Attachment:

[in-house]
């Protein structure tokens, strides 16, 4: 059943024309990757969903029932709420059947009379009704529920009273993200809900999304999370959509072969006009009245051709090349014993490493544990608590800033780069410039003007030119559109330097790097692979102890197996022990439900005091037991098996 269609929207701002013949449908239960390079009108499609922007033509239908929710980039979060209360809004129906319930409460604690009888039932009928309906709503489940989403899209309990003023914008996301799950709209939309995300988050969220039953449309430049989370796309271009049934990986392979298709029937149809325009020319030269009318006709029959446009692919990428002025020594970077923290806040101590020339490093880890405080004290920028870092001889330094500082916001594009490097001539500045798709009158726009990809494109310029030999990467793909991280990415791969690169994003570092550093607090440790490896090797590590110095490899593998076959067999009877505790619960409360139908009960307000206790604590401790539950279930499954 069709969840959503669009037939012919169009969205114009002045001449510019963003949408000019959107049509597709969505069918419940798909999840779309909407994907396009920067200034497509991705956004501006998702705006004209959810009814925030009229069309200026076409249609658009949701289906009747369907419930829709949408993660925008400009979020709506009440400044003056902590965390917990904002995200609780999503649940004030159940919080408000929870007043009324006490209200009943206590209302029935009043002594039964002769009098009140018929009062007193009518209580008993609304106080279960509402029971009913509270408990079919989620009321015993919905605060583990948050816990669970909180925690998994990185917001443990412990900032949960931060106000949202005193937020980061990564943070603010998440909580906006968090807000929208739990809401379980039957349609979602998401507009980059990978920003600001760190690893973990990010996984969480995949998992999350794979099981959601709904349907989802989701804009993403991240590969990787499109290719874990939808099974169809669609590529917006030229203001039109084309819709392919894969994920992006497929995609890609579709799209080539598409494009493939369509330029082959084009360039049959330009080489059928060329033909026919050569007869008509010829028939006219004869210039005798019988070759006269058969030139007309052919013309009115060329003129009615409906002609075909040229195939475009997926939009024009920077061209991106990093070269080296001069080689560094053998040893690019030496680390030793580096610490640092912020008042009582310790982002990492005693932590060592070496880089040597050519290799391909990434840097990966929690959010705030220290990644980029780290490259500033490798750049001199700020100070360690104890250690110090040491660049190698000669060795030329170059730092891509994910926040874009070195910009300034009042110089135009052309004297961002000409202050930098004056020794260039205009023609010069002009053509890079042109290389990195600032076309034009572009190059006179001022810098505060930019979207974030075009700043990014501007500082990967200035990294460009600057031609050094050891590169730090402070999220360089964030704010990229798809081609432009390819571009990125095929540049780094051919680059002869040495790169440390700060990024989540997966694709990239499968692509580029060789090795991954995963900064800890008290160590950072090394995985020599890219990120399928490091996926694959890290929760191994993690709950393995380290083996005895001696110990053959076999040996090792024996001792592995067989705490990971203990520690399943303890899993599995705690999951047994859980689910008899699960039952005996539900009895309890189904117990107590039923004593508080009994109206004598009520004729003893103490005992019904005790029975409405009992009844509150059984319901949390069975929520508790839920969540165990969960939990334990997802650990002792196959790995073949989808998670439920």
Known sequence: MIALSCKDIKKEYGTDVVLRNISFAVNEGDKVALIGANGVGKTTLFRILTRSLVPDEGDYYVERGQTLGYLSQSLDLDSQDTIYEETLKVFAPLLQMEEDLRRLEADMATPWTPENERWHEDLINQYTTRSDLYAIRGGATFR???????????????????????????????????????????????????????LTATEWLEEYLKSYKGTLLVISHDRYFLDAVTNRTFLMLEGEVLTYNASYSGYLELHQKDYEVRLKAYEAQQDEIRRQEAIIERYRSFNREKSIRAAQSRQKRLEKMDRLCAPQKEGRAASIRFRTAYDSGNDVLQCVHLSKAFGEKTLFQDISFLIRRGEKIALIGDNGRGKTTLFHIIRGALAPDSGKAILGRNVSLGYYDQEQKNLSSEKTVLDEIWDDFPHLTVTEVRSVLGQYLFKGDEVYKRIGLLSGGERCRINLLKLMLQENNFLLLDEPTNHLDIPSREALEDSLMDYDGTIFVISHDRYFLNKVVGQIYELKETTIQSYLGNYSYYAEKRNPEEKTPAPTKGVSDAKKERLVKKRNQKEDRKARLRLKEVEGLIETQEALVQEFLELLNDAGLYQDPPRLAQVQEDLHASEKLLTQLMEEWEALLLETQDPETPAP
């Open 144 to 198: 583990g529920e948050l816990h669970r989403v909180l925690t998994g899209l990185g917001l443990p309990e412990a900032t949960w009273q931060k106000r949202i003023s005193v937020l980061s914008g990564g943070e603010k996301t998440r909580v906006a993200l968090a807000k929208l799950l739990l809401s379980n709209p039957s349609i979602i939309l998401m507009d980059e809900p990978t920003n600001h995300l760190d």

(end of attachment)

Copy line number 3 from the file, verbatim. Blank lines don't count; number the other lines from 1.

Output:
Known sequence: MIALSCKDIKKEYGTDVVLRNISFAVNEGDKVALIGANGVGKTTLFRILTRSLVPDEGDYYVERGQTLGYLSQSLDLDSQDTIYEETLKVFAPLLQMEEDLRRLEADMATPWTPENERWHEDLINQYTTRSDLYAIRGGATFR???????????????????????????????????????????????????????LTATEWLEEYLKSYKGTLLVISHDRYFLDAVTNRTFLMLEGEVLTYNASYSGYLELHQKDYEVRLKAYEAQQDEIRRQEAIIERYRSFNREKSIRAAQSRQKRLEKMDRLCAPQKEGRAASIRFRTAYDSGNDVLQCVHLSKAFGEKTLFQDISFLIRRGEKIALIGDNGRGKTTLFHIIRGALAPDSGKAILGRNVSLGYYDQEQKNLSSEKTVLDEIWDDFPHLTVTEVRSVLGQYLFKGDEVYKRIGLLSGGERCRINLLKLMLQENNFLLLDEPTNHLDIPSREALEDSLMDYDGTIFVISHDRYFLNKVVGQIYELKETTIQSYLGNYSYYAEKRNPEEKTPAPTKGVSDAKKERLVKKRNQKEDRKARLRLKEVEGLIETQEALVQEFLELLNDAGLYQDPPRLAQVQEDLHASEKLLTQLMEEWEALLLETQDPETPAP